Skip to content

Scott Pilgrim vs. the World (2010)

I don’t really approve of criticizing movie adaptations for how they failed to live up to one’s personal connection to the source material. Having said that, Scott Pilgrim really failed to live up to my connection to the source material.

I love the books, published as a series of six manga-sized graphic novels. The books kind of gave me a feeling like I felt like I knew these characters and was in on their jokes and would have wanted to hang out with them (in my younger days, or, hell, now). It’s not that these characters are paragons of awesome — it’s that they’re familiar. They have recognizable inner lives. Even when they’re clueless or narcissistic or petty, you know people like that, and look past it. (Incidentally, this is also how I felt about Pilgrim director Edgar Wright’s equally brilliant Spaced.) But at the end of the movie — SPOILER, but not really — when Scott & Ramona decide to stay together, I was just thinking “sooo… why are these two still together, again? Scott likes her hair, and Ramona likes… ???” It made sense in the books, but movie-Scott never really grew up. (He probably should have stayed with the teenaged Knives Chau.)

I think a big part of the problem is the decision to keep all the fight scenes. In the books, they’re spread out over something like 1300 pages, and break up the story. In the film, they pile right on top of each other in the second half, with a few brief character moments in between. It’s exhausting where it should be exhilarating, and it leaves out the heart. I found myself wishing there had been, say, four evil exes. The would have pissed off the fans, but you know what? Screw the fans. Catering to comic book fanboy literalism did in The Watchmen and ignoring it made Ghost World all kinds of awesome. Cutting out the middle fights would have given the non-fighting bits of the movie some much-needed room to breathe. (Also, this doesn’t really have anything to do with anything, but more and more I appreciate Quentin Tarantino’s decision to put all the action scenes in Kill Bill in the first half and all the character scenes in the second half.)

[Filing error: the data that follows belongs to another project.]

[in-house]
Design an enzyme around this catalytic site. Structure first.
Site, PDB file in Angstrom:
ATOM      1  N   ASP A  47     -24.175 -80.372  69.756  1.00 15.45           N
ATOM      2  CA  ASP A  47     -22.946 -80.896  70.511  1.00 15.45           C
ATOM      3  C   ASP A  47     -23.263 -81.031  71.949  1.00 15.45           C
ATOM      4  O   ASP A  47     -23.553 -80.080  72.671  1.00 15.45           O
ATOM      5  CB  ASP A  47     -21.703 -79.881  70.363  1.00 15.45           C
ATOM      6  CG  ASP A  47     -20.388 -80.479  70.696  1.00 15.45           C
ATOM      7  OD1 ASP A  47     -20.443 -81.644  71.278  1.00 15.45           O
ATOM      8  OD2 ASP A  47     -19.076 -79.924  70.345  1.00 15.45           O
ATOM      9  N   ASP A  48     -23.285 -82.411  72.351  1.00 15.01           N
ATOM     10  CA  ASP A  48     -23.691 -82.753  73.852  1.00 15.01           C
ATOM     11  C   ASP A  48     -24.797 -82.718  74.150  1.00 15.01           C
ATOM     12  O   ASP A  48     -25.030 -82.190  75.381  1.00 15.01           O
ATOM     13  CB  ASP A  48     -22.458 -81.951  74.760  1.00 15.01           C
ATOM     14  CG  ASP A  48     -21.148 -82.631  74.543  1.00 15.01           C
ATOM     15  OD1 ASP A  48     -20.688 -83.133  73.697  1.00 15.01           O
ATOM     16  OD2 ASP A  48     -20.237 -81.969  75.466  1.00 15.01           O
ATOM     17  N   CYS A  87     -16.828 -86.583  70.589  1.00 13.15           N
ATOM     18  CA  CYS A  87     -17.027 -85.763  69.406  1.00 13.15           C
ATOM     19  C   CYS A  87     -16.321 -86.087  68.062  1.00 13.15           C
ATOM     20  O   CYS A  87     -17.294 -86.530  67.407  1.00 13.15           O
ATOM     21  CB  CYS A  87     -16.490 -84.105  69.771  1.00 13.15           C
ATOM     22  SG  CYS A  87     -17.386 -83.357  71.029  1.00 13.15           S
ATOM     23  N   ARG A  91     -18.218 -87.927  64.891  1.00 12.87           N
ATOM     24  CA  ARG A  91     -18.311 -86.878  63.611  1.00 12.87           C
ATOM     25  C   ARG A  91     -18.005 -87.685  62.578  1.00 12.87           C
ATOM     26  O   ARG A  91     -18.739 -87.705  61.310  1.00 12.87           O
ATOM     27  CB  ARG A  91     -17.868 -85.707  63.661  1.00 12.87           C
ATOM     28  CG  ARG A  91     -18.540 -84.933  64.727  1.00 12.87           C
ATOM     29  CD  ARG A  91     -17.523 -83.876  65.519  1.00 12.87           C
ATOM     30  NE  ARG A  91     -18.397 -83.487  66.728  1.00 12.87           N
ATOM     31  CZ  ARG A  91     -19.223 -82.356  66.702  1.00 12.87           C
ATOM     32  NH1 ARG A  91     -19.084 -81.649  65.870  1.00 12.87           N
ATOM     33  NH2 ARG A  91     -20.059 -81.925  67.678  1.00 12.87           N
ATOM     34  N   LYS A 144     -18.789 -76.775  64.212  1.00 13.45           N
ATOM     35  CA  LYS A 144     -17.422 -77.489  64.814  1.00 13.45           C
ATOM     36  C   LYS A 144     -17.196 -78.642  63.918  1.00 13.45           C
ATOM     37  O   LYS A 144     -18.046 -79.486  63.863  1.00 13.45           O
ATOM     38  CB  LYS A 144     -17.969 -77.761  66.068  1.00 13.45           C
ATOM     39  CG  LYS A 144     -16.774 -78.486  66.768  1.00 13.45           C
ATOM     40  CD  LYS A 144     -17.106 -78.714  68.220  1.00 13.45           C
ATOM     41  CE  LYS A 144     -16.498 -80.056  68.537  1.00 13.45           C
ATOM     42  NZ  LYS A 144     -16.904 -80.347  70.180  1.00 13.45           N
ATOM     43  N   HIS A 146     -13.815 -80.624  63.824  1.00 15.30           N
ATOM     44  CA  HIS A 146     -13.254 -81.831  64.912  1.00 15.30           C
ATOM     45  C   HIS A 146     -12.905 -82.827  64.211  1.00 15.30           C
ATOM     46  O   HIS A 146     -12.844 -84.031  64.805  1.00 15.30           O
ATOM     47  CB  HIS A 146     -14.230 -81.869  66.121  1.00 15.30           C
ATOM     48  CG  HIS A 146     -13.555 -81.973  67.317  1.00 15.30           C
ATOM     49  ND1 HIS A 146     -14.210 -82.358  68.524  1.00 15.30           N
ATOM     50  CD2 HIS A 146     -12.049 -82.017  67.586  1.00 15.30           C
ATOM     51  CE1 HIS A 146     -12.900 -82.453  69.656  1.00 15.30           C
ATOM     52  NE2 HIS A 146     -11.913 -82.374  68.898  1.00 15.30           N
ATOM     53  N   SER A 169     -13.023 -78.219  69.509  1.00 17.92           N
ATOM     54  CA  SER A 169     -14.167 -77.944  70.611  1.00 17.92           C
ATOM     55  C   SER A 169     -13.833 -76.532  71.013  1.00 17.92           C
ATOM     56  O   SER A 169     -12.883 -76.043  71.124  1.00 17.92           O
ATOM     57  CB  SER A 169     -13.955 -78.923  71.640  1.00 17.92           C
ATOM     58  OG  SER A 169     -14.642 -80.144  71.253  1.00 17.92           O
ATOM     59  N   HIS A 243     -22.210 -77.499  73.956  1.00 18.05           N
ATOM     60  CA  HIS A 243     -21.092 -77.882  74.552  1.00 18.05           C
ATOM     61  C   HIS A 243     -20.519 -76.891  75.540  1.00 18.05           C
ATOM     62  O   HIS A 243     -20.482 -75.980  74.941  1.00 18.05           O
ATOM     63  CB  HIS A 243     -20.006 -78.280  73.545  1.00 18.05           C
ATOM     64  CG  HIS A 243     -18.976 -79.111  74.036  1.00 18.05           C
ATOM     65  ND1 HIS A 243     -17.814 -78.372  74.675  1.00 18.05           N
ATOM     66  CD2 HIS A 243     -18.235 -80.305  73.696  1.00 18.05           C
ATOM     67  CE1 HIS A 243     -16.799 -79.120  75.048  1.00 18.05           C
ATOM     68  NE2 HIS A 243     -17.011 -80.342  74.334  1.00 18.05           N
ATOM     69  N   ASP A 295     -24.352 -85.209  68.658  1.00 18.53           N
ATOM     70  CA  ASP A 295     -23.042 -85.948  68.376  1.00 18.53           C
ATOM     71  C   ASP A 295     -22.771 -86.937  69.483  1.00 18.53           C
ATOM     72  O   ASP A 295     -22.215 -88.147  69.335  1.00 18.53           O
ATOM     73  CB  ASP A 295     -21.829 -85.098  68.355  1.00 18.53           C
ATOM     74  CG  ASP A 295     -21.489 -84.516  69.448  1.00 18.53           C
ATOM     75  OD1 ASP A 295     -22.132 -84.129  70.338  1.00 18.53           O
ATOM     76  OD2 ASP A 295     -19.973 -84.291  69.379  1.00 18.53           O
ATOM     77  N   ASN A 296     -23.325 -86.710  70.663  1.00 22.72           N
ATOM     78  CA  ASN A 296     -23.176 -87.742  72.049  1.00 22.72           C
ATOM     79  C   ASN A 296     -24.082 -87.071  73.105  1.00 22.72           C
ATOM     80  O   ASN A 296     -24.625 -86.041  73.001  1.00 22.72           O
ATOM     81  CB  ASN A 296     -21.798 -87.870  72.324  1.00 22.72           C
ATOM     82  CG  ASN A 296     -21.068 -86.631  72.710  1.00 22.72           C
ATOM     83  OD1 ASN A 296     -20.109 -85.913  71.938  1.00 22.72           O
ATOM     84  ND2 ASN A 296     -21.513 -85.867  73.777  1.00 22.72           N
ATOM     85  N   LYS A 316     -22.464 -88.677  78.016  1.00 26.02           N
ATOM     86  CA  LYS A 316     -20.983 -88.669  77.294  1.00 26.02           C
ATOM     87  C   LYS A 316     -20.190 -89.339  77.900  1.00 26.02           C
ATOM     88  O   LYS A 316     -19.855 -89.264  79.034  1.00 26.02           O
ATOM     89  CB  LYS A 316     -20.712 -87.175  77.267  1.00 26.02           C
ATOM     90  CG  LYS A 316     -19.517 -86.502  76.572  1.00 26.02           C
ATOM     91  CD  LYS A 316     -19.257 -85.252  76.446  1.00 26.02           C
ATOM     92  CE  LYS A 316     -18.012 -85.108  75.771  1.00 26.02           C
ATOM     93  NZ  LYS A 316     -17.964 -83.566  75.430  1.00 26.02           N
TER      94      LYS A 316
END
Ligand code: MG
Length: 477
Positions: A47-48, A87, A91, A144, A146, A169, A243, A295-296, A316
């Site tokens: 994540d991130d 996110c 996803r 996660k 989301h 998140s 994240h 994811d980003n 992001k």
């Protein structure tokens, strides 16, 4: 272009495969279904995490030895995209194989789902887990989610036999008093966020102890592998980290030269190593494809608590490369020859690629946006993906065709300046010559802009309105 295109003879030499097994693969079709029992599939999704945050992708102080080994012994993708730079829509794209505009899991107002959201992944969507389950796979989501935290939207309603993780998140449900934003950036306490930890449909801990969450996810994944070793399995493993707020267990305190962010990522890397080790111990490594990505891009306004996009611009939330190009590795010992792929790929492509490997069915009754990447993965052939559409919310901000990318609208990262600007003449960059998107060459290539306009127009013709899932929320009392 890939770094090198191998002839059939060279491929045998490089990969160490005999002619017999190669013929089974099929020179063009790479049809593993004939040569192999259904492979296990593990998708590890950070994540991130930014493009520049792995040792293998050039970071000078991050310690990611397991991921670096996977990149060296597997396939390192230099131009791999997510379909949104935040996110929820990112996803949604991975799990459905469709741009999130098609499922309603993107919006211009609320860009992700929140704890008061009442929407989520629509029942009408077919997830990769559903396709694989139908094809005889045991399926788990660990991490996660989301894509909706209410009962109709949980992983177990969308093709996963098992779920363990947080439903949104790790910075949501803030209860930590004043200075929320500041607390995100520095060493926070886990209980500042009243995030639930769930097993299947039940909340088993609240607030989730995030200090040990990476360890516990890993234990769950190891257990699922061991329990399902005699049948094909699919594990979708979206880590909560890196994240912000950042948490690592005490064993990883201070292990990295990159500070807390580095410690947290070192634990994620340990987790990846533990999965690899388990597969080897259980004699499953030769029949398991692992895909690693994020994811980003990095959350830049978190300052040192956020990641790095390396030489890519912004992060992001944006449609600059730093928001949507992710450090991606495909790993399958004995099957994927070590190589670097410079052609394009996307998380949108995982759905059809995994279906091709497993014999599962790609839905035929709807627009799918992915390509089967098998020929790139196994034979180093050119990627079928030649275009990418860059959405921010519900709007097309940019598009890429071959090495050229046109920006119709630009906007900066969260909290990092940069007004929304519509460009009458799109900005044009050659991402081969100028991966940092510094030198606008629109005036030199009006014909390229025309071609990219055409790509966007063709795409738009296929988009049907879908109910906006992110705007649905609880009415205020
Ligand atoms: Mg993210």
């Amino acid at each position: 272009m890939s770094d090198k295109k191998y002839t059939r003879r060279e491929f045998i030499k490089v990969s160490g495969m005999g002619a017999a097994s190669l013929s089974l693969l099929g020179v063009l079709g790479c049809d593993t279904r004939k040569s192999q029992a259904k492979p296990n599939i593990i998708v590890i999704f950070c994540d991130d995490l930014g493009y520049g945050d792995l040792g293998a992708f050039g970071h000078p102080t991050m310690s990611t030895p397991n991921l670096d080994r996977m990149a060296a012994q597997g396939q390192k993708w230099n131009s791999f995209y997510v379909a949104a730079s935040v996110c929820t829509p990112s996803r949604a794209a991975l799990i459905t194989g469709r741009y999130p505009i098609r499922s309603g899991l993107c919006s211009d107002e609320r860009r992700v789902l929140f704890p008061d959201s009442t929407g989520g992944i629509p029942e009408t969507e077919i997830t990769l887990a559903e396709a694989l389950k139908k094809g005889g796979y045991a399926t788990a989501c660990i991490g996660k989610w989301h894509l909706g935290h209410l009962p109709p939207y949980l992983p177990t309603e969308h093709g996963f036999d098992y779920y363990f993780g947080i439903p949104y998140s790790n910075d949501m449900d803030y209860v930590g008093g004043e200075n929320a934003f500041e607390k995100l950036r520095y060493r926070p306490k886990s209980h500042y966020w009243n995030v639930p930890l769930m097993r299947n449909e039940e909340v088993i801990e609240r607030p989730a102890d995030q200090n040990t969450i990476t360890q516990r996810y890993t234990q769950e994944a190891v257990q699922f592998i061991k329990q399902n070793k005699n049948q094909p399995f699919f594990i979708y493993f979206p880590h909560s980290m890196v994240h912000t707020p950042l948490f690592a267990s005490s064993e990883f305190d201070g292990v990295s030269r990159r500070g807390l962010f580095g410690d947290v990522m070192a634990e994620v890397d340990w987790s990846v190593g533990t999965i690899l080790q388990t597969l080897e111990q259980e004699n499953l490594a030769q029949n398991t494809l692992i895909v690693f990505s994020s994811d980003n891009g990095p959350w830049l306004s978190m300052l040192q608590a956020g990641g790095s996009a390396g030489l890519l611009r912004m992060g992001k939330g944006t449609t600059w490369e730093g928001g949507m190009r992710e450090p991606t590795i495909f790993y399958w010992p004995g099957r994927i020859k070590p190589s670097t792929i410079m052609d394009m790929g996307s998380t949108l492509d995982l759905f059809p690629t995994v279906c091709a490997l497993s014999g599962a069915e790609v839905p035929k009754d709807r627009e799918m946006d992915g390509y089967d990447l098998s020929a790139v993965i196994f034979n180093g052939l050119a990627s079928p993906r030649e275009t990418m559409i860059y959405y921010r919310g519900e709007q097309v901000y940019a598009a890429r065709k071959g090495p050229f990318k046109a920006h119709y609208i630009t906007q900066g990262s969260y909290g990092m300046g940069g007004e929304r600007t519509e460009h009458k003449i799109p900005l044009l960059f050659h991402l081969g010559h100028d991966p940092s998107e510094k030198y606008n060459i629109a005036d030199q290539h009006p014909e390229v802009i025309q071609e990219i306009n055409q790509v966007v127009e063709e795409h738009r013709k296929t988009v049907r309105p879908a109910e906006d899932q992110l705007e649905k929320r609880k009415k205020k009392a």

I also really appreciated that in both the Scott Pilgrim books and Spaced (and Shaun of the Dead and Hot Fuzz, too) the whole process felt really personal, and also totally DIY, like the people making it know exactly what they want to do, but are figuring how to do it as they go along. The movie doesn’t feel that way. It’s a little too slick for a story about a bunch of Canadian slacker indie kids. It’s awesome to see Edgar Wright exercise his incredible pop-culture imagination on a big Hollywood production, but I think he needs to find his own rules and limits without being tied down by adapting an existing work.